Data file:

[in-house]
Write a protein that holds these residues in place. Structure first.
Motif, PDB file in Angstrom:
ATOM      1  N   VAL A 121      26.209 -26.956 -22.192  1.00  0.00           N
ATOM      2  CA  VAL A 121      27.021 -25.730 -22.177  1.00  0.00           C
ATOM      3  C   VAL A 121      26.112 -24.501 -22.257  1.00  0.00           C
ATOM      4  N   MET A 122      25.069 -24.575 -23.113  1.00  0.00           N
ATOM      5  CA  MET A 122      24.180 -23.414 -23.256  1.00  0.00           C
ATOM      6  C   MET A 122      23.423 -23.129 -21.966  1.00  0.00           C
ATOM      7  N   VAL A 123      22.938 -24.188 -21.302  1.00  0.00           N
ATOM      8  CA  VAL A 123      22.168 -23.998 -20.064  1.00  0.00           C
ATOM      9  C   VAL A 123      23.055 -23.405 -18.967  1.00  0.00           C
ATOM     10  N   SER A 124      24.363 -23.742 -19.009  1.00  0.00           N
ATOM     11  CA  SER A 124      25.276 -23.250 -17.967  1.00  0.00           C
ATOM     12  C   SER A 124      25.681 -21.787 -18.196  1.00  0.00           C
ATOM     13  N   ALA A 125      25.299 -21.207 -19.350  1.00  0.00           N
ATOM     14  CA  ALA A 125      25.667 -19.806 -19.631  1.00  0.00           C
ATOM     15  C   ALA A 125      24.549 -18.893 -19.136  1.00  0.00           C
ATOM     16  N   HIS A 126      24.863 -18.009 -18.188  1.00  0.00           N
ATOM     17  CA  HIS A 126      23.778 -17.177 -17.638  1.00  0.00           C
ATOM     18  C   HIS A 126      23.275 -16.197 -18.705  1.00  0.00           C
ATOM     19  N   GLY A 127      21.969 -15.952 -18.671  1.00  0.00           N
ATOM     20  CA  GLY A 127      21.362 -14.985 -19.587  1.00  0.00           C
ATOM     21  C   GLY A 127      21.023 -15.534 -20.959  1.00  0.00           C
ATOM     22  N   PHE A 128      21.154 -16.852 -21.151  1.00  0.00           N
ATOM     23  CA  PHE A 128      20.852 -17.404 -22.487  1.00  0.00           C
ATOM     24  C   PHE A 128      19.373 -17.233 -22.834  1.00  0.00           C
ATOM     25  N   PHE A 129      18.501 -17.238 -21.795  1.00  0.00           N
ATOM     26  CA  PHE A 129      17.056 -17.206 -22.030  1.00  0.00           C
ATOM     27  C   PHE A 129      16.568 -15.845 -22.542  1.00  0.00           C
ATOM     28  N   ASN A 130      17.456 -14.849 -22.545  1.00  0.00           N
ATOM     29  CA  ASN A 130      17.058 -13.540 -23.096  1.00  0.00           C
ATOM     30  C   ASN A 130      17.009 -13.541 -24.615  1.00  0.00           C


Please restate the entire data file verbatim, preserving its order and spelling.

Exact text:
[in-house]
Write a protein that holds these residues in place. Structure first.
Motif, PDB file in Angstrom:
ATOM      1  N   VAL A 121      26.209 -26.956 -22.192  1.00  0.00           N
ATOM      2  CA  VAL A 121      27.021 -25.730 -22.177  1.00  0.00           C
ATOM      3  C   VAL A 121      26.112 -24.501 -22.257  1.00  0.00           C
ATOM      4  N   MET A 122      25.069 -24.575 -23.113  1.00  0.00           N
ATOM      5  CA  MET A 122      24.180 -23.414 -23.256  1.00  0.00           C
ATOM      6  C   MET A 122      23.423 -23.129 -21.966  1.00  0.00           C
ATOM      7  N   VAL A 123      22.938 -24.188 -21.302  1.00  0.00           N
ATOM      8  CA  VAL A 123      22.168 -23.998 -20.064  1.00  0.00           C
ATOM      9  C   VAL A 123      23.055 -23.405 -18.967  1.00  0.00           C
ATOM     10  N   SER A 124      24.363 -23.742 -19.009  1.00  0.00           N
ATOM     11  CA  SER A 124      25.276 -23.250 -17.967  1.00  0.00           C
ATOM     12  C   SER A 124      25.681 -21.787 -18.196  1.00  0.00           C
ATOM     13  N   ALA A 125      25.299 -21.207 -19.350  1.00  0.00           N
ATOM     14  CA  ALA A 125      25.667 -19.806 -19.631  1.00  0.00           C
ATOM     15  C   ALA A 125      24.549 -18.893 -19.136  1.00  0.00           C
ATOM     16  N   HIS A 126      24.863 -18.009 -18.188  1.00  0.00           N
ATOM     17  CA  HIS A 126      23.778 -17.177 -17.638  1.00  0.00           C
ATOM     18  C   HIS A 126      23.275 -16.197 -18.705  1.00  0.00           C
ATOM     19  N   GLY A 127      21.969 -15.952 -18.671  1.00  0.00           N
ATOM     20  CA  GLY A 127      21.362 -14.985 -19.587  1.00  0.00           C
ATOM     21  C   GLY A 127      21.023 -15.534 -20.959  1.00  0.00           C
ATOM     22  N   PHE A 128      21.154 -16.852 -21.151  1.00  0.00           N
ATOM     23  CA  PHE A 128      20.852 -17.404 -22.487  1.00  0.00           C
ATOM     24  C   PHE A 128      19.373 -17.233 -22.834  1.00  0.00           C
ATOM     25  N   PHE A 129      18.501 -17.238 -21.795  1.00  0.00           N
ATOM     26  CA  PHE A 129      17.056 -17.206 -22.030  1.00  0.00           C
ATOM     27  C   PHE A 129      16.568 -15.845 -22.542  1.00  0.00           C
ATOM     28  N   ASN A 130      17.456 -14.849 -22.545  1.00  0.00           N
ATOM     29  CA  ASN A 130      17.058 -13.540 -23.096  1.00  0.00           C
ATOM     30  C   ASN A 130      17.009 -13.541 -24.615  1.00  0.00           C